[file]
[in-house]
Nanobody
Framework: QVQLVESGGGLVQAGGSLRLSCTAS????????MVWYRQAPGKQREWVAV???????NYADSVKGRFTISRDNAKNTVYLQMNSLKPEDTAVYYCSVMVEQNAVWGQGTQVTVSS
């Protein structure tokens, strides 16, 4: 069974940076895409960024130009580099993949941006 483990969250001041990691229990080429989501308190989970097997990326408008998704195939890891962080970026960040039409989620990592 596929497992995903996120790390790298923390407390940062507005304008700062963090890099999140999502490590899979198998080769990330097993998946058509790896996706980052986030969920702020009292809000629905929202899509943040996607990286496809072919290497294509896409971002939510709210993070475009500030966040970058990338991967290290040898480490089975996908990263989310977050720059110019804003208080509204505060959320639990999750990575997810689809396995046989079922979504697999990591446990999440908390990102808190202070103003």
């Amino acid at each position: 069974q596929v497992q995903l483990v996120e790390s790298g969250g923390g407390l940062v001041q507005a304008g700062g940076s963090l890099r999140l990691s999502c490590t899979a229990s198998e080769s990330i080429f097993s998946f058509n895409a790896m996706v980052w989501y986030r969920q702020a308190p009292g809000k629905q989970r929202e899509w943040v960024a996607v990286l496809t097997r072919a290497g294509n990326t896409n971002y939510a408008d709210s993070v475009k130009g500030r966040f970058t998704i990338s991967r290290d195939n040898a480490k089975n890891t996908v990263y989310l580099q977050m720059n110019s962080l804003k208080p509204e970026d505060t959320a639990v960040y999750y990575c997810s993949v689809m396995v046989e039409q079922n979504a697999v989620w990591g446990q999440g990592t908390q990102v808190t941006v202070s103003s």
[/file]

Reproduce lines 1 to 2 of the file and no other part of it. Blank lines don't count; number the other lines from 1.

[in-house]
Nanobody